The Spirituality of Food
If you've learned anything about the Chinese by now it's the importance of eating. Chinese culture is very food-centric. It's no wonder that food would take on a spiritual quality and be similarly endowed with spiritual attributes as well. If you delve deeper into Chinese cooking, traditions beyond the regional variations in schools of cooking you'll find that according to Taoist philosophy, foods are also endowed with the spiritual attributes of yin, yang, and neutrality.
Most Chinese dishes reflect this subtle balance between foods that are yin-heavy and foods that are yang-heavy. Yin foods are said to be “cold.” Some example of yin foods are apples, bean curd (tofu), beer, bitter melon, winter melon, watercress, cabbage, soybeans, mung beans, water chestnuts, watermelon, cucumber, ice cream, oysters, tomatoes, duck, and most fish. Traditionally, you should avoid overdoing it with yin foods as too much yin force may cause the runs, weakness, fatigue, dizziness, and colds according to Chinese medicine. Yang foods are said to be “hot.” Some examples of yang foods are: chilis, garlic, onion, curry, eggplant, mango, crab, potatoes, green peppers, chocolate, beef, chicken, turkey, smoked fish, coffee, and eggs. An excess of yang foods is said to cause skin problems, nose bleeds, gas, gas, indigestion, heartburn, constipation, and sore throat. The third type of food is the neutral food. They are foods that have no discernible excess of yin or yang energy. Some examples of neutral foods are: carrots, cauliflower, lean chicken, milk, peaches, plums, brown rice, and steamed white rice.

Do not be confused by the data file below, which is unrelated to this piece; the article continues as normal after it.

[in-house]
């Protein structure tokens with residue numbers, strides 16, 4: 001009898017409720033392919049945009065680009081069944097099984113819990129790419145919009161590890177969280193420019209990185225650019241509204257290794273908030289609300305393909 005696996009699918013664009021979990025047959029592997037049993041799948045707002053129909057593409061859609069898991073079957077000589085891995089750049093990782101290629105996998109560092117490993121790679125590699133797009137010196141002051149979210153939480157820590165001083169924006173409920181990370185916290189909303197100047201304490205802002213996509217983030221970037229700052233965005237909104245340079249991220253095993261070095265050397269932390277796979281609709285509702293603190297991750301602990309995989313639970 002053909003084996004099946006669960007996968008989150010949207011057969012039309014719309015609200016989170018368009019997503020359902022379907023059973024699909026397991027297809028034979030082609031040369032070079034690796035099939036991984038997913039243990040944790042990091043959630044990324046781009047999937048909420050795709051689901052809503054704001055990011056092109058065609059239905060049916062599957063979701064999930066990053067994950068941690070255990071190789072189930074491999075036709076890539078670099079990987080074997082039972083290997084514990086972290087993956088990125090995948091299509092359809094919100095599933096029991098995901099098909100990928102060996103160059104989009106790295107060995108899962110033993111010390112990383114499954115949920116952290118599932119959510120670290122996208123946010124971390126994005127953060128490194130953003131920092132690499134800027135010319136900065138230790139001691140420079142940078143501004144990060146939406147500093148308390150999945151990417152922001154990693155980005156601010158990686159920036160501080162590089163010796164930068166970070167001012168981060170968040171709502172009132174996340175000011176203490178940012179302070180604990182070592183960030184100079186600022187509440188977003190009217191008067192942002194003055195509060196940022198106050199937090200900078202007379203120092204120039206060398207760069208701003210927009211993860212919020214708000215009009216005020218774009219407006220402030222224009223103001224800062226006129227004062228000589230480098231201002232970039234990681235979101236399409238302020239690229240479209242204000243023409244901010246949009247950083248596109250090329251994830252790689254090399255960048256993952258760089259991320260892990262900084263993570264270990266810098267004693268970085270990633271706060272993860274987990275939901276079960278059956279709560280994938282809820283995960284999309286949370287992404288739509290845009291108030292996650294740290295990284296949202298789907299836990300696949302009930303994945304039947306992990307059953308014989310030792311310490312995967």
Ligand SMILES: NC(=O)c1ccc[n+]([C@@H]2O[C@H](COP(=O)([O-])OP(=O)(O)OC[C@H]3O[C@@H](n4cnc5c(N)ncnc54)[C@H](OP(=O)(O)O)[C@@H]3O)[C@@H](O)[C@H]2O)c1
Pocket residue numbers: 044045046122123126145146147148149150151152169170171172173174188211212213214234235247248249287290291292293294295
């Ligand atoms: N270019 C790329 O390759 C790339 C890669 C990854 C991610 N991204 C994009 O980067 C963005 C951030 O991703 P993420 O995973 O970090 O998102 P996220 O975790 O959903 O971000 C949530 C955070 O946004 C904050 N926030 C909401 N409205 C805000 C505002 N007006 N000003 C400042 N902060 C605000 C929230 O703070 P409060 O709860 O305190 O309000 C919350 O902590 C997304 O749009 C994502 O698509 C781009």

A common misconception of the concepts of yin and yang is that they are opposing forces such as good and evil, but that is not at all the case. The yin force is the feminine force associated with the moon and the elements of water and metal. It is a complementary force without which the yang force would not exist. The yang force is the masculine force associated with the sun and the elements of wood and fire. The forces together represent all things and together they are associated with the element of earth as earth pervades all things.
Not only are foods themselves attributed with yin and yang properties, but cooking methods are as well. Boiling, steaming, and poaching are yin cooking methods, utilizing water. The yang cooking methods are the fire and frying methods of roasting, stir-frying, and deep-frying. It should be pointed out however that foods are not all purely yin and yang. That concept in and of itself would be unbalanced and not at all Taoist. Rather, it is believed that foods simply favor one characteristic over the other. Foods that are thought of as yin foods also possess yang force. It's just that they do not in as great a degree as the yang foods.